As you might appreciate, Generation Z (Gen Z) is right on the cusp of being the biggest population segment globally. As such, businesses are shifting their focus on this generation and the potential they represent. By 2019, researchers estimate that Gen Z will comprise about 32% of the entire global population of about 7.7 billion. This population is a tad more than millennials, who are estimated to account for 31.5%.
Therefore, the race to market to Gen Z is on. The oldest among the Gen Zers are fresh out of university or they will be. This means that they are the new entrants in the workforce, gaining a considerable portion of the overall consumer spending. It is estimated that Gen Z will account for 40% of consumers by 2020. On the purchasing front, it is estimated that they will have approximately $44 billion of their own money to spend. However, their overall spending power is estimated at about $600 billion, taking into account their influence on their parents’ expenditure. With this in mind, marketers are moving to grab the attention of Gen Z before their competitors can through methods such as digital marketing and corporate video production company inspirations.
Just like every generation before them, Gen Z comes with their own unique set of behaviours. As such, they present a unique challenge for marketers. In this read, we will explore everything a market needs to know about Gen Z.
Generation Z members were all born after 1995. As such, all through their existence, they have lived in a world filled with cutting-edge technology. They are the generation raised with smartphones, social media, and other technologies being readily available and easy to access. Millennials were in every sense of the words, mobile pioneers. However, Gen Zers are entirely mobile natives.
Consider this, Gen Z members who are 13-17 years old received their first smartphones by the age of 12. On the other hand, individuals aged between 18 and 24 got their first smartphone at the age of 16 years. Finally, those with an age between 25 and 34 got their first smartphone at the age of 20 years.
Smartphones are the most popular device for Gen Z. Over 78% use their smartphones on a regular basis to communicate, shop online, stream videos, and other things. In fact, Gen Zers use their smartphones to complete a wide variety of internet-based tasks on a day-to-day basis. From creating documents to posting images on social media platforms.
While authenticity has become a major interest in the marketing world, Gen Z is taking even further. Of importance to the Gen Z cohort is feeling like they know the brands and in some way actually knowing the brand and what the brand is all about. Since they have been exposed to digital marketing right from the early stages of their lives, they are more likely to filter out brands that appear manufactured or artificial. Instead, they favour having a genuine relationship with the brands, and not being simply marketed to.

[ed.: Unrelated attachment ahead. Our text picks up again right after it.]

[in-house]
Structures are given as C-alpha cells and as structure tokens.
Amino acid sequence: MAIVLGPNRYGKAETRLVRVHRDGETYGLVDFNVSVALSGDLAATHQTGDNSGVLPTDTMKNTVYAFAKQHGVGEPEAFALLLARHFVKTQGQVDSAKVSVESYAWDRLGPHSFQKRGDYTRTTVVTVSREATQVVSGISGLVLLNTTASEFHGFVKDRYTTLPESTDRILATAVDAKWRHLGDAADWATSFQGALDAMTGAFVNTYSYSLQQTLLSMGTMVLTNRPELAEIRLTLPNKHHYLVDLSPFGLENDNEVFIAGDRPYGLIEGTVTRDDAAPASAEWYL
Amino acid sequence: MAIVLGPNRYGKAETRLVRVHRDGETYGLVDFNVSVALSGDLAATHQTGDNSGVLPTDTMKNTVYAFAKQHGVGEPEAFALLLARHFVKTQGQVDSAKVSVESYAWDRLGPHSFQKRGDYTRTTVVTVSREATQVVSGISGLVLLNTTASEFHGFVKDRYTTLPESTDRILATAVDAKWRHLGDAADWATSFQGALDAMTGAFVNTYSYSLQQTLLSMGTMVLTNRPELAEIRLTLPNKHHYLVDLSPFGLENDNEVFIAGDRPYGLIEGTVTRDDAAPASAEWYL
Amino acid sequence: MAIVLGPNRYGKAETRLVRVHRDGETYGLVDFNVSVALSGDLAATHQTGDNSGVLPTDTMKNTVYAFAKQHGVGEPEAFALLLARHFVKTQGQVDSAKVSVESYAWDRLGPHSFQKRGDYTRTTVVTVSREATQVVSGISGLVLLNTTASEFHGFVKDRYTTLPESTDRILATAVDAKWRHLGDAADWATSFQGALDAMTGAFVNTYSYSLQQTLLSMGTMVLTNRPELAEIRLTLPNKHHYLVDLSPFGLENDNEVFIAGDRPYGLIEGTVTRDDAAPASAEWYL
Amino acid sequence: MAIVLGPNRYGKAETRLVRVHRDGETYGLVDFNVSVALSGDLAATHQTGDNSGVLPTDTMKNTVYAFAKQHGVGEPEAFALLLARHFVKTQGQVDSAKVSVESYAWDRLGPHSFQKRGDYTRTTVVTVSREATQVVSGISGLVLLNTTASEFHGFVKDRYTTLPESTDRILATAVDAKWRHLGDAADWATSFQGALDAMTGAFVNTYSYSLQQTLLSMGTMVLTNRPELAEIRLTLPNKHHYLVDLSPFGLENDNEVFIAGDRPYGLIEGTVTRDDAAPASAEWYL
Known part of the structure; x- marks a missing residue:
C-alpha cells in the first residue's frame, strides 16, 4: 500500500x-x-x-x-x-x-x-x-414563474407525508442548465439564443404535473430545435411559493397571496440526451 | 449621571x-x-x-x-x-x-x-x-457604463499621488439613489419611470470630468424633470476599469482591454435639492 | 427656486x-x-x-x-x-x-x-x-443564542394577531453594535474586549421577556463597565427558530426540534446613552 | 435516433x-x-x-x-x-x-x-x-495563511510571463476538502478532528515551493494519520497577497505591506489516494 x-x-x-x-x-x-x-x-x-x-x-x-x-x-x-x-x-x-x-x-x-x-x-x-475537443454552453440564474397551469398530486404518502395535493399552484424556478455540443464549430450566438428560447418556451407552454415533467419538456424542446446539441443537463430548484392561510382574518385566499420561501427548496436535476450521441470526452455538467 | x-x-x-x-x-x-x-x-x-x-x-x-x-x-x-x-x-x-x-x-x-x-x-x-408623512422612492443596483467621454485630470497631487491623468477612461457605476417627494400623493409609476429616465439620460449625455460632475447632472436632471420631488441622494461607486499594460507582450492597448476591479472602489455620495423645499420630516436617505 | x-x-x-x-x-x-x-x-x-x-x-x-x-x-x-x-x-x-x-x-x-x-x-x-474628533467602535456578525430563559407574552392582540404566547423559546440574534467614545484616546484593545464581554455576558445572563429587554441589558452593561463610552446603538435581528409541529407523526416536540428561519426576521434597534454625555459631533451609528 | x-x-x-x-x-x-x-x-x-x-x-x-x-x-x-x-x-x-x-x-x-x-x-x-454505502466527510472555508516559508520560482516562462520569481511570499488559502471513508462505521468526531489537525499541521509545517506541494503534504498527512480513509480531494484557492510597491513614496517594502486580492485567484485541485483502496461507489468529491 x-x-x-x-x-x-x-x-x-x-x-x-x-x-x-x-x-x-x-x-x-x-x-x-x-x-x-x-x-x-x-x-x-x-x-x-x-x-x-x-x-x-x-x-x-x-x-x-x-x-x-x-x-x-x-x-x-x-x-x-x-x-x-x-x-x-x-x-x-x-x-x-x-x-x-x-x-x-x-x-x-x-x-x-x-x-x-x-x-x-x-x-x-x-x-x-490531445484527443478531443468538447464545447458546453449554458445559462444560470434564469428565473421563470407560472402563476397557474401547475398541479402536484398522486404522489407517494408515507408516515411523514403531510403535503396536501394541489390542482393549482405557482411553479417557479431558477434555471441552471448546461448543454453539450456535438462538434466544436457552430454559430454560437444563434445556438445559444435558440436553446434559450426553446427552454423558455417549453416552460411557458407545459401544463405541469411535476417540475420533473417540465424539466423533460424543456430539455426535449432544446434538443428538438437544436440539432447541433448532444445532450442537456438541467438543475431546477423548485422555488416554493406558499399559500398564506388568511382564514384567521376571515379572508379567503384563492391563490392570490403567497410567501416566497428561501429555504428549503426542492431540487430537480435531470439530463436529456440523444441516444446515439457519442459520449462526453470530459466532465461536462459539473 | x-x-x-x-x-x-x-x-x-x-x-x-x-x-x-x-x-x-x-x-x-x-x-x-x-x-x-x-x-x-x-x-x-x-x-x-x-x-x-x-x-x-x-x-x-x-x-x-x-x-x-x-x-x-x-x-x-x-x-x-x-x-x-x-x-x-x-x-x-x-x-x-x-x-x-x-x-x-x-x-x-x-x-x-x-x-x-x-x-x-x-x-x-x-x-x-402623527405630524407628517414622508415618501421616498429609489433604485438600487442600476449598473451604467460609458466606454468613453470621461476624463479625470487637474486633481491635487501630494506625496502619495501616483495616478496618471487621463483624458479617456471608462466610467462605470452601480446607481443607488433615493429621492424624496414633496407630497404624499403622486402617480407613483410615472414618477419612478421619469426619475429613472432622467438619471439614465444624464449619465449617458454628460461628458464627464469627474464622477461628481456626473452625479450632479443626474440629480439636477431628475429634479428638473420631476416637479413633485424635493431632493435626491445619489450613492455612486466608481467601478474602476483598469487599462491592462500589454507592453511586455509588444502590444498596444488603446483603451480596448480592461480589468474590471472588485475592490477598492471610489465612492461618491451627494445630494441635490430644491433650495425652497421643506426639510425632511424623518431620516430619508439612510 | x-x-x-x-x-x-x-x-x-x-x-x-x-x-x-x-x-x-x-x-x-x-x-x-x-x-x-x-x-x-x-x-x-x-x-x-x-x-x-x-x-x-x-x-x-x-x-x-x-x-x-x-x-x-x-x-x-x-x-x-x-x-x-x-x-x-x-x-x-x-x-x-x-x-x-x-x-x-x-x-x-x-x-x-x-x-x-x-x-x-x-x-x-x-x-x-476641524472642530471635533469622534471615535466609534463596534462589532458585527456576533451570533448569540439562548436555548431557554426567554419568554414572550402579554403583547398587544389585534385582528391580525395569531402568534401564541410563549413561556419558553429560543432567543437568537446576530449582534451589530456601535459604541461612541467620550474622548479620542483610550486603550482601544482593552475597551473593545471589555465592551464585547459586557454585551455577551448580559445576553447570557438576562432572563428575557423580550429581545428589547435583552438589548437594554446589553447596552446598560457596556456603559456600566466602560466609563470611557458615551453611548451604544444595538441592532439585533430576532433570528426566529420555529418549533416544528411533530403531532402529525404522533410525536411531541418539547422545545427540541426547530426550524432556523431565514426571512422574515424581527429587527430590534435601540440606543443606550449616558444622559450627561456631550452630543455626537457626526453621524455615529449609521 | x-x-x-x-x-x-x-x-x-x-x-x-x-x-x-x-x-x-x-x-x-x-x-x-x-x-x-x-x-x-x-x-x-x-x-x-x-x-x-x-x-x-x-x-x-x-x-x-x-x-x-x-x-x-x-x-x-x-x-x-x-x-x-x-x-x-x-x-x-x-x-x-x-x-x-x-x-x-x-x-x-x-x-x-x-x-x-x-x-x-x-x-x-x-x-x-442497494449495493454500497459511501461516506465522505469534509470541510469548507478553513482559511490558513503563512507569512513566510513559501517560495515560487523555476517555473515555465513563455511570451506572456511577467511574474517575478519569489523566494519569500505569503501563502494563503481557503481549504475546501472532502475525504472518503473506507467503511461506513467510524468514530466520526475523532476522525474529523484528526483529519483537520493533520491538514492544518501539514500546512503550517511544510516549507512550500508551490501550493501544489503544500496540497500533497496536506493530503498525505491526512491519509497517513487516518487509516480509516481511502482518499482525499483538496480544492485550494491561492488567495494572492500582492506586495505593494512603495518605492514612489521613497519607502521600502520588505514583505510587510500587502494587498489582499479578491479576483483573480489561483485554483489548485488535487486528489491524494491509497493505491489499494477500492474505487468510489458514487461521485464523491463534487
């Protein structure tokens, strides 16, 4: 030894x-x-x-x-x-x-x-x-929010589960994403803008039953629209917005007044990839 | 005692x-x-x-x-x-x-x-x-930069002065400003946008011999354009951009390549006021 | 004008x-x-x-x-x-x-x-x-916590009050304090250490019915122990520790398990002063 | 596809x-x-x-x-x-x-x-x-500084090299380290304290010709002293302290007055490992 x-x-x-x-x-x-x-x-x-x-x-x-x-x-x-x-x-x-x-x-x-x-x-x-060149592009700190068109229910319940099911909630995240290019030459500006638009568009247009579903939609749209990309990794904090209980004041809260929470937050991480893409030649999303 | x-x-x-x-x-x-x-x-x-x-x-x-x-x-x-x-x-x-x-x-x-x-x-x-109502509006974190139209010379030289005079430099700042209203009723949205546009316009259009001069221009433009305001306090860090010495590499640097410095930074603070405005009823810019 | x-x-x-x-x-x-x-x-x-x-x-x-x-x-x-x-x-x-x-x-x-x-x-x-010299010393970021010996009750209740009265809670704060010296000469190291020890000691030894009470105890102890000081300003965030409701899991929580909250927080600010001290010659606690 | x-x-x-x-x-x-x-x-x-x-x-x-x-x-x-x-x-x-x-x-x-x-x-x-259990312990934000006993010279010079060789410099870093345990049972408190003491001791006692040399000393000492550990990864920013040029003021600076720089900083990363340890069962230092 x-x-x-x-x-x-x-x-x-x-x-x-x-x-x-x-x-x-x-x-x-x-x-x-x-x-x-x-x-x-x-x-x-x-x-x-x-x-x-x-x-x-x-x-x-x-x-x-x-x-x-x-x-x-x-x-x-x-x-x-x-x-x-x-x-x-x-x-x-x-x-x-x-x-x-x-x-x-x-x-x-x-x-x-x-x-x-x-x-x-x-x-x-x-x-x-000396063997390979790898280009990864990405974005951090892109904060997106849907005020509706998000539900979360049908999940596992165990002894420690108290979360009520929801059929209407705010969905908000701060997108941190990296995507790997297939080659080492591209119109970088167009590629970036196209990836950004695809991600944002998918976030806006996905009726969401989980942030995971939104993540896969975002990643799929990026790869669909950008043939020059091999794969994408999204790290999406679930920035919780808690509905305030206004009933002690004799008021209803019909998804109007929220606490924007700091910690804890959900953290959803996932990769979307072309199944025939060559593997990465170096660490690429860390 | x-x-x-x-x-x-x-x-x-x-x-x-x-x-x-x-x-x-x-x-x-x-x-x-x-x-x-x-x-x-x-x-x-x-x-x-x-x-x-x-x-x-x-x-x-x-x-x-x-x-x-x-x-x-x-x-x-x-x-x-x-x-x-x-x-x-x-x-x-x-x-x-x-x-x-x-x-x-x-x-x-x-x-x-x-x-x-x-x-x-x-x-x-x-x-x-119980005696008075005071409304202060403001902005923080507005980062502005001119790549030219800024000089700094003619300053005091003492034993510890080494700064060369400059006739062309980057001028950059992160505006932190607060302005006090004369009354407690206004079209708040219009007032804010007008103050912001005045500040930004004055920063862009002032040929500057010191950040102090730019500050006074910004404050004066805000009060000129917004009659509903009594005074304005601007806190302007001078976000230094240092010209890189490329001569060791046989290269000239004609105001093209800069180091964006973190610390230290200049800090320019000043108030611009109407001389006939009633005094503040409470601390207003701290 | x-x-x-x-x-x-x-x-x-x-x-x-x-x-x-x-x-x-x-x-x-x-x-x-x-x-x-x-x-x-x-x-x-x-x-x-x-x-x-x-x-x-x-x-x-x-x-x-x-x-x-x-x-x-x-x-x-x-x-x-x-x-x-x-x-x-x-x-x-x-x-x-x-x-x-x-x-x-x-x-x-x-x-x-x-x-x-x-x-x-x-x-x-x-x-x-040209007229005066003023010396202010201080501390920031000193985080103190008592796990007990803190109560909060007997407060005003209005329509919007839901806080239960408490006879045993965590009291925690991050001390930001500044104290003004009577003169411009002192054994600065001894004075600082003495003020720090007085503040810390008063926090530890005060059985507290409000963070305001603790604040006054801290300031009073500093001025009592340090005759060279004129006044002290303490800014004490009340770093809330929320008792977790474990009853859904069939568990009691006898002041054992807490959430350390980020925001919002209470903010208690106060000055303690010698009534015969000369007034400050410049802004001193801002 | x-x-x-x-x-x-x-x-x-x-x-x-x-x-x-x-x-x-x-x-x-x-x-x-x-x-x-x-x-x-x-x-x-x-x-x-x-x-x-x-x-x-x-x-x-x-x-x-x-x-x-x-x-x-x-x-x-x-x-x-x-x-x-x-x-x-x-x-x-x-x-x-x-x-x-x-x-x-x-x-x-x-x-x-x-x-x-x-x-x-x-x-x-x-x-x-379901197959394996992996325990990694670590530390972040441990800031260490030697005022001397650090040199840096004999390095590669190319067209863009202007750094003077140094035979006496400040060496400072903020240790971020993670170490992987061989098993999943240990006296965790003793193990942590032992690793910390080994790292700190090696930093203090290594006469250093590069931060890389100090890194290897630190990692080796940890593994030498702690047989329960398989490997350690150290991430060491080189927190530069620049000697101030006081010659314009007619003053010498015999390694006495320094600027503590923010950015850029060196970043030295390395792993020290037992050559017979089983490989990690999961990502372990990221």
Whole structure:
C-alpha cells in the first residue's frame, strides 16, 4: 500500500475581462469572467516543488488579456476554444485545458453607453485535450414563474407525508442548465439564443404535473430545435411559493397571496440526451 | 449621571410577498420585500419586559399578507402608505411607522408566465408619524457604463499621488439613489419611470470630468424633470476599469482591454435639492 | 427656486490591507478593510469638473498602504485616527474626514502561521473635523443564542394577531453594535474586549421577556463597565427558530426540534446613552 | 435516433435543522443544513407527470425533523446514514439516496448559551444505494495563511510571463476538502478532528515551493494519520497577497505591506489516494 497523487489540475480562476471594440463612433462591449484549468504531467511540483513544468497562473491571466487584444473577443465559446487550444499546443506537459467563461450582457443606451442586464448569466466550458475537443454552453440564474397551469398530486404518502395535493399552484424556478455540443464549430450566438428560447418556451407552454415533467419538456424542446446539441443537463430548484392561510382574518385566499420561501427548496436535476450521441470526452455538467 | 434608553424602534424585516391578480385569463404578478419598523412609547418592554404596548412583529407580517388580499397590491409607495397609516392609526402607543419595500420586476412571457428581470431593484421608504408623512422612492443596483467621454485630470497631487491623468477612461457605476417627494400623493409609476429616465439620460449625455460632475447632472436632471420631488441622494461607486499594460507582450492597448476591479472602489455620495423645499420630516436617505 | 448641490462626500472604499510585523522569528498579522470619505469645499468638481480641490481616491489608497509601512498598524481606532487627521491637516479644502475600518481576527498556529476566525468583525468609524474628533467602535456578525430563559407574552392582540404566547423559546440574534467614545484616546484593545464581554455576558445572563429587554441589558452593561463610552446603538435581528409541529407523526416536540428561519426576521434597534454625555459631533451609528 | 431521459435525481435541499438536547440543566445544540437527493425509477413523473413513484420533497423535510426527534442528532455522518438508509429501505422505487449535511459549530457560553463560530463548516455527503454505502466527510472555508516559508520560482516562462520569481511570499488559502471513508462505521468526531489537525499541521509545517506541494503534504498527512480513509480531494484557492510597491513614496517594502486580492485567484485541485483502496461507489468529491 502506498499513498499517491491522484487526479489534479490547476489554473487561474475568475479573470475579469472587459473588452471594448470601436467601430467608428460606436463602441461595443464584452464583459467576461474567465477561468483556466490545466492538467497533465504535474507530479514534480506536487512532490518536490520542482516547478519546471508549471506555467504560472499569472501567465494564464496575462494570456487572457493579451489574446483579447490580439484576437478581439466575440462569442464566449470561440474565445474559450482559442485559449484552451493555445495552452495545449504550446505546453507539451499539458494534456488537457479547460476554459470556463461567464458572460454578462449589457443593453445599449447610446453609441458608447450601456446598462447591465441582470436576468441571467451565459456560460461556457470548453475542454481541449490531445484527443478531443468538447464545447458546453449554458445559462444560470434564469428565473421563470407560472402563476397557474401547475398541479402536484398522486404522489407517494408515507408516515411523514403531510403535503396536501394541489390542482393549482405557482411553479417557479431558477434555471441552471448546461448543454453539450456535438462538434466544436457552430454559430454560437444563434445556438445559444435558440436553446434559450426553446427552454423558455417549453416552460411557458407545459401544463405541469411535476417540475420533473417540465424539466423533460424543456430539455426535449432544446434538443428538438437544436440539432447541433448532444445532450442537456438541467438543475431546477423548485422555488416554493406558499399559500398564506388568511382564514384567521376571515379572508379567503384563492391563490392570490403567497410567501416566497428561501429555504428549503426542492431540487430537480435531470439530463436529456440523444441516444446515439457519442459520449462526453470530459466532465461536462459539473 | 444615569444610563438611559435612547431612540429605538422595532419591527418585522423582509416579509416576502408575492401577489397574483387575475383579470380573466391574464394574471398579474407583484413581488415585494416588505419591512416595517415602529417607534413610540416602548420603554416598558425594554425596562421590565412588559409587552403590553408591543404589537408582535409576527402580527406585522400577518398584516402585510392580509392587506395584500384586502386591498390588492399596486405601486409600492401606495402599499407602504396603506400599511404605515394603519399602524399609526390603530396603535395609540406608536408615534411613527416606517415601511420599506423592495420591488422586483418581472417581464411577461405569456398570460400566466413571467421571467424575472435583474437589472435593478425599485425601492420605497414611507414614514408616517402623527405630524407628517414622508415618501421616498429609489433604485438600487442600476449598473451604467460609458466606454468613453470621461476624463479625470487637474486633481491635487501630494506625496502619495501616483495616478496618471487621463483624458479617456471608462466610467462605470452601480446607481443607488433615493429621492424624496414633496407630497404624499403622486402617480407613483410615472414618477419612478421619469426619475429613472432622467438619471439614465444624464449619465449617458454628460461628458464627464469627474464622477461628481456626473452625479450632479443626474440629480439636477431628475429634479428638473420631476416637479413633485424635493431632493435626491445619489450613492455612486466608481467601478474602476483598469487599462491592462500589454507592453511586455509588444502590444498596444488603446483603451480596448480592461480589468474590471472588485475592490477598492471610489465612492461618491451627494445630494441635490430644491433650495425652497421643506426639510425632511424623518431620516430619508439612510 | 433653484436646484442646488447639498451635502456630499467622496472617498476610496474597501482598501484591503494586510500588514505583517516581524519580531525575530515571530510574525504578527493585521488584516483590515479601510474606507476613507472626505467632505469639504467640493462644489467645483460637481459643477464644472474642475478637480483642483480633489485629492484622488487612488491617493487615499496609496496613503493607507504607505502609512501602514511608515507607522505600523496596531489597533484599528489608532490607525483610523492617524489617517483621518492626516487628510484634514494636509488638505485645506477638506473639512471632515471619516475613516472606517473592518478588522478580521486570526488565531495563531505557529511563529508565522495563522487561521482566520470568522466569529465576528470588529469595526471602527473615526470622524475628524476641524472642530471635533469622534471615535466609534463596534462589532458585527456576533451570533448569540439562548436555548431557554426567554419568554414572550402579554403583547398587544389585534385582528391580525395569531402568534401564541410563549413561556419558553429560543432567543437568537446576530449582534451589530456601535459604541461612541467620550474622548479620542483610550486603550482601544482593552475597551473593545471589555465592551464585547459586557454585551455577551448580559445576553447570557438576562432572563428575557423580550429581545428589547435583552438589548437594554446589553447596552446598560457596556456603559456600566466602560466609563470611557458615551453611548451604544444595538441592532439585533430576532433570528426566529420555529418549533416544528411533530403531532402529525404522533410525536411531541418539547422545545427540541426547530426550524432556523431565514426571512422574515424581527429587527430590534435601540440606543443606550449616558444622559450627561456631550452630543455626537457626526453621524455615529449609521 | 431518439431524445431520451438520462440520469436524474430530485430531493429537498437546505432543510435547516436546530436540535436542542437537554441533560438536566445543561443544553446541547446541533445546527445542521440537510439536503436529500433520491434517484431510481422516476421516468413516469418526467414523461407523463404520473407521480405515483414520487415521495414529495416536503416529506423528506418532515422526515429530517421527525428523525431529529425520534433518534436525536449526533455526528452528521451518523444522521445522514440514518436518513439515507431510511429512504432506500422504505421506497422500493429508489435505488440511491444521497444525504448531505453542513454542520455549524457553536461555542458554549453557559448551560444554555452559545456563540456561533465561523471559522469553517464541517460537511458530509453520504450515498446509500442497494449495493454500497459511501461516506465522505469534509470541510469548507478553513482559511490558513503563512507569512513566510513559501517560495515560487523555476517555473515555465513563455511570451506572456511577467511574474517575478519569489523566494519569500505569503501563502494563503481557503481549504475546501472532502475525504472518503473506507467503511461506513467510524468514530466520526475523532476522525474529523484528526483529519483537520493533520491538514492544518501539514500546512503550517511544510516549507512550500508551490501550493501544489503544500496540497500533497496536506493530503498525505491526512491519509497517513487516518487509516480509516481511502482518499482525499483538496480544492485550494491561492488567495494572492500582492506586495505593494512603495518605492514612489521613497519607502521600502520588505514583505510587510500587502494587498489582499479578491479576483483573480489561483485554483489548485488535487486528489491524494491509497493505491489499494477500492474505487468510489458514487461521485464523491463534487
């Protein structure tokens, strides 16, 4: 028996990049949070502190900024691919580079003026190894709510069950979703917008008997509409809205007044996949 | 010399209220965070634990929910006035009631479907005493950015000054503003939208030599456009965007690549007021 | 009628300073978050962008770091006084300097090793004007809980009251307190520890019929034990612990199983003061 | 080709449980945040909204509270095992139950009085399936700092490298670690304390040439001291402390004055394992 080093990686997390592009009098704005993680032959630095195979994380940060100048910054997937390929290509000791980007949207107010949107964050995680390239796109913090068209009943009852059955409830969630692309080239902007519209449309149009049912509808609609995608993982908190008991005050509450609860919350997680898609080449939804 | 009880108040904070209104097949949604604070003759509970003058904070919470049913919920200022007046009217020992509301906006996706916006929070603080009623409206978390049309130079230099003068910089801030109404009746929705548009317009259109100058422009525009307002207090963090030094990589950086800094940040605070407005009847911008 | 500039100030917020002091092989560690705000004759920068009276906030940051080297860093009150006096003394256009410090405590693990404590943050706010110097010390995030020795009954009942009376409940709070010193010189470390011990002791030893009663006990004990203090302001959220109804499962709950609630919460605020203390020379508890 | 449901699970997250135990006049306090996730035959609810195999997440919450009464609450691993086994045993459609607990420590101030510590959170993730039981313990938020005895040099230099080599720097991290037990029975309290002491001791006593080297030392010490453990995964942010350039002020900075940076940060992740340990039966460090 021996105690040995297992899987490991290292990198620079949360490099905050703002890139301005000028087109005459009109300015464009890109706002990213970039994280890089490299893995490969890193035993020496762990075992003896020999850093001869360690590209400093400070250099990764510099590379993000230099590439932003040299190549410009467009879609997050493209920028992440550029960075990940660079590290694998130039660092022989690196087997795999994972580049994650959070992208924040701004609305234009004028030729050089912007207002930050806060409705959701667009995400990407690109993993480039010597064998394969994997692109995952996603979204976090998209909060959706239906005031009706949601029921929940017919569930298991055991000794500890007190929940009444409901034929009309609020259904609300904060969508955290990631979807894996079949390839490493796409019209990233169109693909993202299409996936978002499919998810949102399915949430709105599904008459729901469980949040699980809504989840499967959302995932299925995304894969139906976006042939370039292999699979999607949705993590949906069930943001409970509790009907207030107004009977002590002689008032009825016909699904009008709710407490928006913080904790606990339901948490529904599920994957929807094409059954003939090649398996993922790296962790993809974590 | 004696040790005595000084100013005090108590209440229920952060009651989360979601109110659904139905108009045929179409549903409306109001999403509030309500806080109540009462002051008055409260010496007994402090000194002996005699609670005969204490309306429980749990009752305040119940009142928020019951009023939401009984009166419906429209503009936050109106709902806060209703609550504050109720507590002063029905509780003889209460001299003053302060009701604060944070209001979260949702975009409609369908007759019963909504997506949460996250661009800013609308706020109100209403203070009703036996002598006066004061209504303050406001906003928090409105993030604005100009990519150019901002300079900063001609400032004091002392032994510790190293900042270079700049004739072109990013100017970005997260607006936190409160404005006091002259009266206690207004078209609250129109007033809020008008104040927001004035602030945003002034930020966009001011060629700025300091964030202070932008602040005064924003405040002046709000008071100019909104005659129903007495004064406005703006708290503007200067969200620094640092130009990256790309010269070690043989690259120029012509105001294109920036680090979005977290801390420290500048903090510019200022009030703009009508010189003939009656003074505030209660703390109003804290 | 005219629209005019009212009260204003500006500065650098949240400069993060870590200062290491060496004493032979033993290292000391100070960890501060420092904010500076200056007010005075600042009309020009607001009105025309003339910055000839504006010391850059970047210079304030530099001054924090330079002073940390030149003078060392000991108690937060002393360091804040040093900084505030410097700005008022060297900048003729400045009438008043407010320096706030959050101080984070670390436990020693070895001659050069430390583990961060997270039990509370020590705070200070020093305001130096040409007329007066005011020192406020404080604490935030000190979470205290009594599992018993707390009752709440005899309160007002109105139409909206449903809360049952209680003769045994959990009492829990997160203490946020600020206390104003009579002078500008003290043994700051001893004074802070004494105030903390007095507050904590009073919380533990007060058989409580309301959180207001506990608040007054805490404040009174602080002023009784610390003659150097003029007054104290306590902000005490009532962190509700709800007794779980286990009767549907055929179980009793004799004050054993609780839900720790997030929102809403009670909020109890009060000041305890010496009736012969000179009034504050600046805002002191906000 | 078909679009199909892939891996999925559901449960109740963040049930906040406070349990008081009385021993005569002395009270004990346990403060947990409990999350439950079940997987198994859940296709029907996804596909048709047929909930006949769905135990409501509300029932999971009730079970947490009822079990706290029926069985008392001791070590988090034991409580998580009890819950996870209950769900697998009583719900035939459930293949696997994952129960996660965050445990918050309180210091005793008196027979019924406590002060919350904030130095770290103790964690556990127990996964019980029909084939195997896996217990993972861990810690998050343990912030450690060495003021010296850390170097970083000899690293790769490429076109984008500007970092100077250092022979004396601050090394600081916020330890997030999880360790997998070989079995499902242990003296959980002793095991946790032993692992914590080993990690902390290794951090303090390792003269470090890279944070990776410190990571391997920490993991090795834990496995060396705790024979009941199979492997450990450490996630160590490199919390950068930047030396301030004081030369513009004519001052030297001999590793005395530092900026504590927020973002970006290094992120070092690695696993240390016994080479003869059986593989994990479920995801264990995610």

Gen Zers are also more financially-savvy than any of the early generations. A lot of their years were spent under the influence and impact of the 2008 Great Recession. They not only witnessed the financial struggles of their parents, but they had to endure it. Moreover, they watched as millennials get into the workforce in an environment with high-unemployment, poor wages and wage stagnation, and high student debt.
Consider this; over 60% of Gen Z already have savings accounts. This a far higher proportion than any other generation at this age. Quality and pricing are important considerations for Gen Z. They are more likely to scour the internet using their phones to find a better value proposition in the way of better pricing.
Having grown in a connected world, this generation has grown used to constant updates from the variety of apps they use. As such, they highly likely to spend their working days communicating with friends, listening to music or podcasts, and communicating with friends, whilst working. Generally, they can juggle between as many as 5 screens at any given time. This means they can pay attention to different tasks at a time rather more naturally than individuals of previous generations.
However, they tend to have the shortest attention span of any generation. On average, the attention span of Gen Z is meagre 8 seconds. This is shocking, considering a goldfish has more. As such, they are more responsive to emojis and GIFs than plain text. As such, marketers should creatively use visuals, as it is more likely to grab their attention and leave a longer lasting impression instead of using long-form content.